To adopt a catch phrase, the board rooms of our industry are not fit for purpose.

    Read it, ye blockheads, read and weep.

  2. I am still not done reading IMO 4th GHG Report, but so far it basically states the obvious.
    We all knew that:
    1) Shipping emissions are diven by demand
    2) LNG is not not a solution to GHG due to large CH4 emissions
    3) Shipping emission are generally low, and unless we start adopting totally new technologies there is virtually no way to reduce them significantly
    Maybe the only real takeover is the greater impact of domestic shipping.
    BTW, proponents of regulating yet another emission, this time CH4, just don’t get the full picture.
    What is needed is an holistic regulations that tackles Total Life Cycle Externalities, regulating single emissions and implementing thresholds on single emissions (same as implementing a carbon tax instead of an externality tax) will only allow for new and different loopholes and for new solutions that address compliance instead of addressing the root problem.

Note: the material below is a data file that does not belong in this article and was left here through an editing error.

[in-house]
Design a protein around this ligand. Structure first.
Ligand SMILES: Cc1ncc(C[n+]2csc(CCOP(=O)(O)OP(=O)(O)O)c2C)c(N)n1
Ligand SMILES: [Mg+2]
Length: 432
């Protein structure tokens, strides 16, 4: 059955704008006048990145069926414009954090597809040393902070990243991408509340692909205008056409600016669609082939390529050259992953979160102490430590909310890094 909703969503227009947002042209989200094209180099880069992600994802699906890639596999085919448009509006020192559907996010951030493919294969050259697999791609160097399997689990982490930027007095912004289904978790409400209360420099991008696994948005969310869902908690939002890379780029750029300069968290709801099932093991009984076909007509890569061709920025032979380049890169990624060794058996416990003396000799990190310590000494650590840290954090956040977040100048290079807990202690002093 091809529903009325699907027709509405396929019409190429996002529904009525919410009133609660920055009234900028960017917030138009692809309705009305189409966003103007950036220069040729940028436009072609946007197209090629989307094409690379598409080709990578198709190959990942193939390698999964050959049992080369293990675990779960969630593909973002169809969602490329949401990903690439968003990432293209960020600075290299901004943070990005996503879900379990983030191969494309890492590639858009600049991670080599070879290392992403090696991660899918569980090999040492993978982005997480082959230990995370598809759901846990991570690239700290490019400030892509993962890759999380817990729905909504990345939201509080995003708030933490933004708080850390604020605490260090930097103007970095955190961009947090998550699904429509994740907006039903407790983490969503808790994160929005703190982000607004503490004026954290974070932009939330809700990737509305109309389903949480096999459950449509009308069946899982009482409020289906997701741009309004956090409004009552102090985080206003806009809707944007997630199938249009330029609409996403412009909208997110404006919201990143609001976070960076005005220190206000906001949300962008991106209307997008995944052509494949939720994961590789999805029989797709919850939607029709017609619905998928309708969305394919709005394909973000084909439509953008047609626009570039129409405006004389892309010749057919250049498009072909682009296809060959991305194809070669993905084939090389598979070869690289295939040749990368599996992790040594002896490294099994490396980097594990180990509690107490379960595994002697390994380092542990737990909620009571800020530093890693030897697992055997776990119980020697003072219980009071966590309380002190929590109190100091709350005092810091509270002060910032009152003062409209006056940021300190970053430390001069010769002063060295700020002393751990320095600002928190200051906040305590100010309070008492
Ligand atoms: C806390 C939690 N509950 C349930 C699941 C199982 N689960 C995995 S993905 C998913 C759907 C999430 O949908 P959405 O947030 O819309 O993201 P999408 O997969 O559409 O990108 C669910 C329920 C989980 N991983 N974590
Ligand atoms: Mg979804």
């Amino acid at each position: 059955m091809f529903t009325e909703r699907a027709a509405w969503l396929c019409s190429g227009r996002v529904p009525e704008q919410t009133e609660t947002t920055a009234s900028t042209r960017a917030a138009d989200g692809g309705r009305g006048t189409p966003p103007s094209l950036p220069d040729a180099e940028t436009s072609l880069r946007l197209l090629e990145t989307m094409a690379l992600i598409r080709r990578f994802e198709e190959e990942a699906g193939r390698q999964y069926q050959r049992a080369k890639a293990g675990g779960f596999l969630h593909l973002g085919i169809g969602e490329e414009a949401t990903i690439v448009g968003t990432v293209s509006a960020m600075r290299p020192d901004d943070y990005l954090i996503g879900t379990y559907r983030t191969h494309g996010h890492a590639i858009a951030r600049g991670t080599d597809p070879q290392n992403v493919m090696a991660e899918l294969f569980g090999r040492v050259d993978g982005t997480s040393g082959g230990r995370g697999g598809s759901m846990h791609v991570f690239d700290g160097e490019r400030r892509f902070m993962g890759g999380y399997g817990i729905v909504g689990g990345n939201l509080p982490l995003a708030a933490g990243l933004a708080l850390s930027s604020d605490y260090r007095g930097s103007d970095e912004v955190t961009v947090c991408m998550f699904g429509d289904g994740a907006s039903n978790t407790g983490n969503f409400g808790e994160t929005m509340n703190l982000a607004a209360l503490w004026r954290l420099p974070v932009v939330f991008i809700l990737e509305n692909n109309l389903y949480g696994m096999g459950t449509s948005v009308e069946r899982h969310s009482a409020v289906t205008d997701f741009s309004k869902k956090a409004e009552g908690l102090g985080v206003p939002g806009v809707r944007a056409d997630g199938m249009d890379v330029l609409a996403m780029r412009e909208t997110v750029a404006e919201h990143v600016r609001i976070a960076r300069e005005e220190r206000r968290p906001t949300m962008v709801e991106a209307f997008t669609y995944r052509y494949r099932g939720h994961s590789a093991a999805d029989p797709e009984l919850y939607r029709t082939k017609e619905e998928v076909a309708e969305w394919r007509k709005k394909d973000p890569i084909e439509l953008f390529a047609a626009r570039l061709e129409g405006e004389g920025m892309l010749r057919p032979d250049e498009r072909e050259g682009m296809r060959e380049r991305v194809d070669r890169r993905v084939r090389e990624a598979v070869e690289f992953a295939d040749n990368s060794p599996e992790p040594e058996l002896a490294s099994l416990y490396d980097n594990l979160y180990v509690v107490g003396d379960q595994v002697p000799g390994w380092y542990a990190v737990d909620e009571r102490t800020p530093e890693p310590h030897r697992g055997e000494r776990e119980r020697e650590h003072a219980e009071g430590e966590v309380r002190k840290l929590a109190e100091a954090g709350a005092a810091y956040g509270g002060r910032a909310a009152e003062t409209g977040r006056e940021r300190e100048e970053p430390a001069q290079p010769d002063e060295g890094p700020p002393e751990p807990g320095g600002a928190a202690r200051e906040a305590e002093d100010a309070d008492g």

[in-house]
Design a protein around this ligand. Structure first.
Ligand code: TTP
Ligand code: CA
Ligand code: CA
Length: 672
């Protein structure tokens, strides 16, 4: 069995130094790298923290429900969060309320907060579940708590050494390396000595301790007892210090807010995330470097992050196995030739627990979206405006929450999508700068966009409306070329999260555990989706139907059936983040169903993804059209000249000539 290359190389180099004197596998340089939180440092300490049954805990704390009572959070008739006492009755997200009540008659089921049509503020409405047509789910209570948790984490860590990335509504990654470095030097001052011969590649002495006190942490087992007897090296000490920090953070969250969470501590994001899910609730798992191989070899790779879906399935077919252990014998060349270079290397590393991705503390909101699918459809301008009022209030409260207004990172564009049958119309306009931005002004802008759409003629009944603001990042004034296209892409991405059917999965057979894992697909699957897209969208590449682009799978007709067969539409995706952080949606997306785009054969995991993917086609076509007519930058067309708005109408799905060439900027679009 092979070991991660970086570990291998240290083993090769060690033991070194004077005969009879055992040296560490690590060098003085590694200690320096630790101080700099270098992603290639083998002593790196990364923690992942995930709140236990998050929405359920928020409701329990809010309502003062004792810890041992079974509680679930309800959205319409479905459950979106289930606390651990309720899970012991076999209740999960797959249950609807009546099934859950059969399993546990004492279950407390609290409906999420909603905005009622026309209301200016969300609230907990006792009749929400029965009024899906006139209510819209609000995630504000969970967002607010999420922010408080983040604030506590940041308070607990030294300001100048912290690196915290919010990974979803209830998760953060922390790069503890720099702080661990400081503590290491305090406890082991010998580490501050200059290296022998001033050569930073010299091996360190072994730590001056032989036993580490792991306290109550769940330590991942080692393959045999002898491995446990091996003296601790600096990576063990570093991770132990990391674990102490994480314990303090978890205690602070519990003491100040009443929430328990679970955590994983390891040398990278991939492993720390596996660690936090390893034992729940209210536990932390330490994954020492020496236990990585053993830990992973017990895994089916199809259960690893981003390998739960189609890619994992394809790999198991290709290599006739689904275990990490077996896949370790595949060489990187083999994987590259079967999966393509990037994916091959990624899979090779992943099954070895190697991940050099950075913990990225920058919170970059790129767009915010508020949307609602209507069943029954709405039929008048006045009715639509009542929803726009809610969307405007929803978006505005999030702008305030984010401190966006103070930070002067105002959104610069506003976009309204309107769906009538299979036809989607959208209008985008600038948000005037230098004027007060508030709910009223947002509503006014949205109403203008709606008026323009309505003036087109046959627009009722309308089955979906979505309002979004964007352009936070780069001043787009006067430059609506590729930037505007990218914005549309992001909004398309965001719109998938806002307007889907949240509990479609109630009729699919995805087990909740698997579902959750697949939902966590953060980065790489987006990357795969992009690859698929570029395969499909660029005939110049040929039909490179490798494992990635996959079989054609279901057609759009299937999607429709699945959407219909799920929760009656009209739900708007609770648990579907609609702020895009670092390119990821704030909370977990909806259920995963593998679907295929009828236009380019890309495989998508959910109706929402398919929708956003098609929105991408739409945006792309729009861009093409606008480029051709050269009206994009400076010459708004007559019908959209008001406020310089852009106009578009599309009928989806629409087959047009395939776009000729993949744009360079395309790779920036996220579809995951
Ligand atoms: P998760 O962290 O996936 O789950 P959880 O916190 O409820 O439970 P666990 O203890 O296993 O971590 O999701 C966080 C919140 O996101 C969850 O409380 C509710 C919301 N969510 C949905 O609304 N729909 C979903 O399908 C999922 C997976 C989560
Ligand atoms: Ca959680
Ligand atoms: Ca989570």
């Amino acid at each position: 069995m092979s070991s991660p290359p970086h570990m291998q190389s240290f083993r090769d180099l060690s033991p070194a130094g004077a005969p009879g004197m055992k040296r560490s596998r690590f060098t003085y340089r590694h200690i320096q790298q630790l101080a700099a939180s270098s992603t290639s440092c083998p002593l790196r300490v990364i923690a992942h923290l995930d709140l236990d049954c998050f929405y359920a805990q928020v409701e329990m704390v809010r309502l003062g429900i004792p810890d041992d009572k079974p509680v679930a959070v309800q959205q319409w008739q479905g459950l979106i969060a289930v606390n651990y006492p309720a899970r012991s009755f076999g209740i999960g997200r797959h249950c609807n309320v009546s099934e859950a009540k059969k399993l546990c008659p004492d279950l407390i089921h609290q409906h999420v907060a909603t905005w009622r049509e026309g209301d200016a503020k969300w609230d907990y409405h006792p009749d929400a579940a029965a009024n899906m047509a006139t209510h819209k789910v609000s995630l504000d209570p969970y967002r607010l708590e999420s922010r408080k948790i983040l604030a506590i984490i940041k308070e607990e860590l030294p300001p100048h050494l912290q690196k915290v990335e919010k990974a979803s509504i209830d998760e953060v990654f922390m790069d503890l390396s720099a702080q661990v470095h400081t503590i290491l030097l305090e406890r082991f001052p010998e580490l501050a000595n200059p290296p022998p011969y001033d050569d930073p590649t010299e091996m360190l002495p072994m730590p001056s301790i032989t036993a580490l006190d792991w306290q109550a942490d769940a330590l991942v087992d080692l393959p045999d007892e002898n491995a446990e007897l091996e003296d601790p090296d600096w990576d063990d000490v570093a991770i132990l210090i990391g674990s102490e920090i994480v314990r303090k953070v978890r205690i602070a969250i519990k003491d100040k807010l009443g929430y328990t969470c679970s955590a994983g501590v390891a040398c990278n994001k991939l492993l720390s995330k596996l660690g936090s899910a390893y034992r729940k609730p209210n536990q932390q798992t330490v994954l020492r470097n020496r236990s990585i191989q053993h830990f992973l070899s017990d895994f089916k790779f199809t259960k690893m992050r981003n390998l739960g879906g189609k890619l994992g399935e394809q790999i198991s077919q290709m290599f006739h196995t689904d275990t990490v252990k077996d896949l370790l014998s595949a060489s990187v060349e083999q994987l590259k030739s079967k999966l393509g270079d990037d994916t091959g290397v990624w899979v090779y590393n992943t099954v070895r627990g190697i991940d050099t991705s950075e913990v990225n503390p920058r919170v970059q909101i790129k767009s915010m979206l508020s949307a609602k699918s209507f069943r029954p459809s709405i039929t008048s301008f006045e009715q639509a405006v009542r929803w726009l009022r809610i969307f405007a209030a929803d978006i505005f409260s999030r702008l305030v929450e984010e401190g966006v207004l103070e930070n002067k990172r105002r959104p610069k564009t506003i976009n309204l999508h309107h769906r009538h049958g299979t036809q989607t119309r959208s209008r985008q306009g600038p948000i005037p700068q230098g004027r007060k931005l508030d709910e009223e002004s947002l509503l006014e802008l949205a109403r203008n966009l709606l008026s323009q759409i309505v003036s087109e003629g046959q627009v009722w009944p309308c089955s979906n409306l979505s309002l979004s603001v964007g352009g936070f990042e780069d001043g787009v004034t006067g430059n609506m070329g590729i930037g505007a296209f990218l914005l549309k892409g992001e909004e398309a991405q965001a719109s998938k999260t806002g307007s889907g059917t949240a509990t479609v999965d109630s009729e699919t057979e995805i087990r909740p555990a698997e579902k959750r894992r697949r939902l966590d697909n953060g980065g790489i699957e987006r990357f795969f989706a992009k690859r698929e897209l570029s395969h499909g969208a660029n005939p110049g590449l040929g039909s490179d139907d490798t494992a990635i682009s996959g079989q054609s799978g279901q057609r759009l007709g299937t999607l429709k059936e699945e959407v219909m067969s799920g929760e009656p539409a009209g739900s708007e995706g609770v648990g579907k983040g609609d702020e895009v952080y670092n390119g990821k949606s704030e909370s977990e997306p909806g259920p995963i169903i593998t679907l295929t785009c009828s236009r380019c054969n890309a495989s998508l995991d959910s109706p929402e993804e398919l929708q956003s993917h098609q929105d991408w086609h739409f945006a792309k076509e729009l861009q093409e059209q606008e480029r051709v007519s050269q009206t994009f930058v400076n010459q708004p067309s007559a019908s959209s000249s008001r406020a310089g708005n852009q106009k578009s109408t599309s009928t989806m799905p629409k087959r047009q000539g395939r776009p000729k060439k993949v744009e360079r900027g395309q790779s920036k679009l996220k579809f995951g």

3. Am I reading the same report? LNGC methane slip (g/kWh) was overstated in 3rd GHG report by 78% as it was based on older engines, this is an aspect that has seen huge progress.
    OK, LNG is not the whole answer to get to zero, but it is moving in the right direction and it’s available now. How can remaining on oil fuels waiting for the emergence of a game changing green option at some undetermined point in time be regarded as so much of a better plan?